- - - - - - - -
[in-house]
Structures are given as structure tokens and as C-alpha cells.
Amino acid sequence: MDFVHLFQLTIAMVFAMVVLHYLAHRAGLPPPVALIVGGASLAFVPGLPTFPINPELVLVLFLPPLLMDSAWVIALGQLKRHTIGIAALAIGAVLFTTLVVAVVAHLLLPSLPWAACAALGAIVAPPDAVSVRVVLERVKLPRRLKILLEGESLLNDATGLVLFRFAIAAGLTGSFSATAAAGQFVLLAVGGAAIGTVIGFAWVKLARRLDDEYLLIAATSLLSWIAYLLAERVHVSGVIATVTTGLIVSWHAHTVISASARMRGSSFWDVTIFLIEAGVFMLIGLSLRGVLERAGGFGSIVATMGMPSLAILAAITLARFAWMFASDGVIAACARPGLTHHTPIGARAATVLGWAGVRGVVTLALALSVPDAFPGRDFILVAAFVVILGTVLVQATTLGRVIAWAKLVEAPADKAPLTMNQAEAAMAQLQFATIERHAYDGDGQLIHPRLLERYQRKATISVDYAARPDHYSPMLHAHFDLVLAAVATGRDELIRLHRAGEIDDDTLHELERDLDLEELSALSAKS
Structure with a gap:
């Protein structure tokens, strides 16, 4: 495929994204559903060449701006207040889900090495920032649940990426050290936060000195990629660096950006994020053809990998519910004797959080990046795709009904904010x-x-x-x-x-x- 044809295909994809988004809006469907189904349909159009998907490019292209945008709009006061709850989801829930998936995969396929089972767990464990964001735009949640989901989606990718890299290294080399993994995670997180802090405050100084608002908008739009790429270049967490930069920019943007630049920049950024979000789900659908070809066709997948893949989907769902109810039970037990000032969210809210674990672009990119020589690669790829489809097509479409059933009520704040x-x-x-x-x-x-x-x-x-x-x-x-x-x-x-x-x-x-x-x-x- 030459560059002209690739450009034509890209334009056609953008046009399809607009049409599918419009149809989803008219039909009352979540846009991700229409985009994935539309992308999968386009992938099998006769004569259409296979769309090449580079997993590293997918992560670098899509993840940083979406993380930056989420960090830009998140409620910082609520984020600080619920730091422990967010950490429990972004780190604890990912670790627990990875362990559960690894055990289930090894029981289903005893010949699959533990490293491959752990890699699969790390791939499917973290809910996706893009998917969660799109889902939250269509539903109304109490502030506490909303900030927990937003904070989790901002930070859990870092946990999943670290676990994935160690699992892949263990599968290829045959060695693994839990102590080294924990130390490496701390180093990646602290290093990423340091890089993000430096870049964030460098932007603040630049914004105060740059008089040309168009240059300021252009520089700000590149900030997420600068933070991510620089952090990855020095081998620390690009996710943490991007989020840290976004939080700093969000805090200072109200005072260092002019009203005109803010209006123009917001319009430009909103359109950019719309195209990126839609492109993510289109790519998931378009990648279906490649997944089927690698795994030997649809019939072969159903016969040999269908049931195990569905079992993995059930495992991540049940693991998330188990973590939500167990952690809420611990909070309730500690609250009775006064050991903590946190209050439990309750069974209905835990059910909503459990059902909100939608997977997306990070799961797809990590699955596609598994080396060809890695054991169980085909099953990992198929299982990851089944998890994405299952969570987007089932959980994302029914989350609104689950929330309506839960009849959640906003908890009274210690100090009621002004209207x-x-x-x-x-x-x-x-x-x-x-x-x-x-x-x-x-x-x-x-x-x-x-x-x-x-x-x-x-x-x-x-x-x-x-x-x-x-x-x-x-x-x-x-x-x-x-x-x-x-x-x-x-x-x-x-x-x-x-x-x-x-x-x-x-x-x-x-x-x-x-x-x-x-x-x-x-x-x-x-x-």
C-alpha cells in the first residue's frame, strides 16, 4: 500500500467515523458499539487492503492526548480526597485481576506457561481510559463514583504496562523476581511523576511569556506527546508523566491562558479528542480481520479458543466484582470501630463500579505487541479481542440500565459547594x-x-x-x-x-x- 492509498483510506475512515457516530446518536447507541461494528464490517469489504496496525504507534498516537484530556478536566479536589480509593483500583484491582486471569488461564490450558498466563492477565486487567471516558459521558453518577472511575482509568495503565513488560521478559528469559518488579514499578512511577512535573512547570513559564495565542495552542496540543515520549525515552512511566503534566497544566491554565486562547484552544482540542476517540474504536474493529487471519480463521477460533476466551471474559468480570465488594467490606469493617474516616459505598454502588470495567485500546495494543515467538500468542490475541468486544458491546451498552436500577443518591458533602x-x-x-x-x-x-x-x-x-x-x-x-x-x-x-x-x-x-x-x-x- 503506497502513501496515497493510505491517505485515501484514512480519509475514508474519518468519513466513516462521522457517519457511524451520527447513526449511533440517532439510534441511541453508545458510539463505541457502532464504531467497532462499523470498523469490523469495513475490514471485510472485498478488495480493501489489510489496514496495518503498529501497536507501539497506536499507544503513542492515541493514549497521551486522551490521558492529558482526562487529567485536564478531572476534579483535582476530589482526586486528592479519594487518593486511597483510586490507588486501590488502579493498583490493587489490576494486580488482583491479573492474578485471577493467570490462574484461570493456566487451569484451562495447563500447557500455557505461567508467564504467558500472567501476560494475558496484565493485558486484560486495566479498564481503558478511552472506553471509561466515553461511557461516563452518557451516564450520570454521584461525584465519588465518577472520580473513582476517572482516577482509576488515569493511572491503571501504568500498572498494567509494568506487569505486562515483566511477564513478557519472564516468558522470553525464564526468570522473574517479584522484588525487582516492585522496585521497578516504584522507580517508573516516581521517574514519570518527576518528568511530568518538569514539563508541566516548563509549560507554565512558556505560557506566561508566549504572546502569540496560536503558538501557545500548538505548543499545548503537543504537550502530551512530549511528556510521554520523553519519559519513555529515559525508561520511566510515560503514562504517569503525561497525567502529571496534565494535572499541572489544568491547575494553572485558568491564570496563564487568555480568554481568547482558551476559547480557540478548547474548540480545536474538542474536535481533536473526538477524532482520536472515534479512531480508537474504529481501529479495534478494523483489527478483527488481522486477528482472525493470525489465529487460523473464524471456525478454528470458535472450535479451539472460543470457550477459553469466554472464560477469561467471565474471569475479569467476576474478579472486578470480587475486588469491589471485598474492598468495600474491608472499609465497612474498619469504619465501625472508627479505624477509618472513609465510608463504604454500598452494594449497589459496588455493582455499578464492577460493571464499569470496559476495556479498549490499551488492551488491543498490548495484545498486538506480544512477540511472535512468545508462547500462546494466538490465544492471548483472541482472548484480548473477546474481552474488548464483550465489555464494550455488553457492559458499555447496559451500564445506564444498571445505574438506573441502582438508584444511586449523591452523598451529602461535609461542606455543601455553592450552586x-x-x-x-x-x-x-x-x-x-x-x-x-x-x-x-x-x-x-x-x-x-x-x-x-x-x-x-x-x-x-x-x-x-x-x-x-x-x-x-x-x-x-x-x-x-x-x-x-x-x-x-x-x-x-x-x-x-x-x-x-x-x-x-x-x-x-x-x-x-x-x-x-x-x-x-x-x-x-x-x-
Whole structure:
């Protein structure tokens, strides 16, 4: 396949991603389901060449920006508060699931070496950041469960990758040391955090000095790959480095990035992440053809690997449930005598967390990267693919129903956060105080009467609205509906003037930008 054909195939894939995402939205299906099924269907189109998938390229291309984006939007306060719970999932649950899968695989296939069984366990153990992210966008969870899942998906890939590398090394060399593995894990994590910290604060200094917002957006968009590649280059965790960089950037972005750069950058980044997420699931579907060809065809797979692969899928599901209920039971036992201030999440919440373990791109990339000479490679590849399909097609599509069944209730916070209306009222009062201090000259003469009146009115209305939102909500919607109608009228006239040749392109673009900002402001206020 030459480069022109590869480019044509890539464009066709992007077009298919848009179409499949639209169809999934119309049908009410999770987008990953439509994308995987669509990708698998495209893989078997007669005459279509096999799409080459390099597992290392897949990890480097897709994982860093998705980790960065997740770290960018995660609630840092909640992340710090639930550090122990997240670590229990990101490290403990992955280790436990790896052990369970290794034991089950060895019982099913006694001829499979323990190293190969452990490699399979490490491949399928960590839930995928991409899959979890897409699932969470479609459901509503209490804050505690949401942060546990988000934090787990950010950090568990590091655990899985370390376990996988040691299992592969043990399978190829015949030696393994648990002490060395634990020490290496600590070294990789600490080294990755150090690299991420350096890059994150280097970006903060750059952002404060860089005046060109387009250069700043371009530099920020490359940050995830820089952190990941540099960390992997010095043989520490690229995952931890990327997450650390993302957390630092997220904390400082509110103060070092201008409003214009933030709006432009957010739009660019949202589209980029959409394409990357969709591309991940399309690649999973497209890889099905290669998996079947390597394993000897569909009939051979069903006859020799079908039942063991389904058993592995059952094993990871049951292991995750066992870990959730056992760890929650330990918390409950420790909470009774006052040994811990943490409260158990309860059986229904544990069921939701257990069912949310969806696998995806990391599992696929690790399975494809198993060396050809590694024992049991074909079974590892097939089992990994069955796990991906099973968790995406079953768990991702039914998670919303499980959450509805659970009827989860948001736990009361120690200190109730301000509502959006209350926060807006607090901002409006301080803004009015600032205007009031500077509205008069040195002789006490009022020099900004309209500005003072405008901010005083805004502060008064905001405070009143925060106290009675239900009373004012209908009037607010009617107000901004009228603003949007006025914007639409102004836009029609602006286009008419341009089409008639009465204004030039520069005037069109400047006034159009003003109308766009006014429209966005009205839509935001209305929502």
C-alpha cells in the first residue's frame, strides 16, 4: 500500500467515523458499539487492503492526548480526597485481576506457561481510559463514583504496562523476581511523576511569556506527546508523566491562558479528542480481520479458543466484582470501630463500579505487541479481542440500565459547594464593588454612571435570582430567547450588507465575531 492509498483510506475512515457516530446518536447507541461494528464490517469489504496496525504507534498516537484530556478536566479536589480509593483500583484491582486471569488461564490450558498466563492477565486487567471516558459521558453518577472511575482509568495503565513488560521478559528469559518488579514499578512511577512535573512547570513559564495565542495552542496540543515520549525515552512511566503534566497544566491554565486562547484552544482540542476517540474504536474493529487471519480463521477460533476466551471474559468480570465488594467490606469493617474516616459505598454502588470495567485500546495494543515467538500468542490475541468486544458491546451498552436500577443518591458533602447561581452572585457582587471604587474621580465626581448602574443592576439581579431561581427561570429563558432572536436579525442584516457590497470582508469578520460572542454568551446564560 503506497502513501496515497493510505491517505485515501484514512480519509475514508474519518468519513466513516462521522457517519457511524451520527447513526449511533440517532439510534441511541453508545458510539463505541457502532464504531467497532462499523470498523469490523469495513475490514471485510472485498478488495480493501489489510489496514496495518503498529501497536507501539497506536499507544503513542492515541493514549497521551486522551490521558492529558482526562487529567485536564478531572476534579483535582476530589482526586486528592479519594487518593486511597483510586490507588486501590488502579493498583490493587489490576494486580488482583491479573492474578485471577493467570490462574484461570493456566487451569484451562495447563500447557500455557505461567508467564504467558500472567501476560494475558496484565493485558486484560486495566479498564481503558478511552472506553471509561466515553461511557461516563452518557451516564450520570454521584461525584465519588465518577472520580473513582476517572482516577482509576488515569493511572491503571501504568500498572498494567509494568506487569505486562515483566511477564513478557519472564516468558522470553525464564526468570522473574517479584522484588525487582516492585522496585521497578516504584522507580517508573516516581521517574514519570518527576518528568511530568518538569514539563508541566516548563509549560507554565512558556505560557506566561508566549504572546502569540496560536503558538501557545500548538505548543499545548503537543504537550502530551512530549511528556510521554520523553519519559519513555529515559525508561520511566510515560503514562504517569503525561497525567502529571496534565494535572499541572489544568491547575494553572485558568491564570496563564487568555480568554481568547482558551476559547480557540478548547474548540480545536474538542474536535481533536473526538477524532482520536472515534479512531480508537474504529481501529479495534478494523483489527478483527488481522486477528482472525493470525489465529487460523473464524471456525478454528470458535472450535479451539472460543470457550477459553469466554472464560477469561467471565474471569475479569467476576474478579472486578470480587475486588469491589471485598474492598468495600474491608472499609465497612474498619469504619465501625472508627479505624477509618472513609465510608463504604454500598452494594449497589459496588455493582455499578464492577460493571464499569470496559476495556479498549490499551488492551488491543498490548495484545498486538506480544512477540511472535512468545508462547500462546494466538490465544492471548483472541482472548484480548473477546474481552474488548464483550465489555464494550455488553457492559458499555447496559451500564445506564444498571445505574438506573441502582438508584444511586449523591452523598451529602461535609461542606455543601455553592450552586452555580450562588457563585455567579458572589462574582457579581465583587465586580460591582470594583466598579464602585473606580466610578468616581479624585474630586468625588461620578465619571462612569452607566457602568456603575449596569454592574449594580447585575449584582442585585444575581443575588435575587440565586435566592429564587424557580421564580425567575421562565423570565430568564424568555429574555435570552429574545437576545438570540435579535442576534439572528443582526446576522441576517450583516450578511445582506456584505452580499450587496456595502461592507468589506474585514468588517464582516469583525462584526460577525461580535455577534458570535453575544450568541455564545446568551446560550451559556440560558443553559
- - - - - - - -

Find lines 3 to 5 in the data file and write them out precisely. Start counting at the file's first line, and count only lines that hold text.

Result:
Amino acid sequence: MDFVHLFQLTIAMVFAMVVLHYLAHRAGLPPPVALIVGGASLAFVPGLPTFPINPELVLVLFLPPLLMDSAWVIALGQLKRHTIGIAALAIGAVLFTTLVVAVVAHLLLPSLPWAACAALGAIVAPPDAVSVRVVLERVKLPRRLKILLEGESLLNDATGLVLFRFAIAAGLTGSFSATAAAGQFVLLAVGGAAIGTVIGFAWVKLARRLDDEYLLIAATSLLSWIAYLLAERVHVSGVIATVTTGLIVSWHAHTVISASARMRGSSFWDVTIFLIEAGVFMLIGLSLRGVLERAGGFGSIVATMGMPSLAILAAITLARFAWMFASDGVIAACARPGLTHHTPIGARAATVLGWAGVRGVVTLALALSVPDAFPGRDFILVAAFVVILGTVLVQATTLGRVIAWAKLVEAPADKAPLTMNQAEAAMAQLQFATIERHAYDGDGQLIHPRLLERYQRKATISVDYAARPDHYSPMLHAHFDLVLAAVATGRDELIRLHRAGEIDDDTLHELERDLDLEELSALSAKS
Structure with a gap:
């Protein structure tokens, strides 16, 4: 495929994204559903060449701006207040889900090495920032649940990426050290936060000195990629660096950006994020053809990998519910004797959080990046795709009904904010x-x-x-x-x-x- 044809295909994809988004809006469907189904349909159009998907490019292209945008709009006061709850989801829930998936995969396929089972767990464990964001735009949640989901989606990718890299290294080399993994995670997180802090405050100084608002908008739009790429270049967490930069920019943007630049920049950024979000789900659908070809066709997948893949989907769902109810039970037990000032969210809210674990672009990119020589690669790829489809097509479409059933009520704040x-x-x-x-x-x-x-x-x-x-x-x-x-x-x-x-x-x-x-x-x- 030459560059002209690739450009034509890209334009056609953008046009399809607009049409599918419009149809989803008219039909009352979540846009991700229409985009994935539309992308999968386009992938099998006769004569259409296979769309090449580079997993590293997918992560670098899509993840940083979406993380930056989420960090830009998140409620910082609520984020600080619920730091422990967010950490429990972004780190604890990912670790627990990875362990559960690894055990289930090894029981289903005893010949699959533990490293491959752990890699699969790390791939499917973290809910996706893009998917969660799109889902939250269509539903109304109490502030506490909303900030927990937003904070989790901002930070859990870092946990999943670290676990994935160690699992892949263990599968290829045959060695693994839990102590080294924990130390490496701390180093990646602290290093990423340091890089993000430096870049964030460098932007603040630049914004105060740059008089040309168009240059300021252009520089700000590149900030997420600068933070991510620089952090990855020095081998620390690009996710943490991007989020840290976004939080700093969000805090200072109200005072260092002019009203005109803010209006123009917001319009430009909103359109950019719309195209990126839609492109993510289109790519998931378009990648279906490649997944089927690698795994030997649809019939072969159903016969040999269908049931195990569905079992993995059930495992991540049940693991998330188990973590939500167990952690809420611990909070309730500690609250009775006064050991903590946190209050439990309750069974209905835990059910909503459990059902909100939608997977997306990070799961797809990590699955596609598994080396060809890695054991169980085909099953990992198929299982990851089944998890994405299952969570987007089932959980994302029914989350609104689950929330309506839960009849959640906003908890009274210690100090009621002004209207x-x-x-x-x-x-x-x-x-x-x-x-x-x-x-x-x-x-x-x-x-x-x-x-x-x-x-x-x-x-x-x-x-x-x-x-x-x-x-x-x-x-x-x-x-x-x-x-x-x-x-x-x-x-x-x-x-x-x-x-x-x-x-x-x-x-x-x-x-x-x-x-x-x-x-x-x-x-x-x-x-």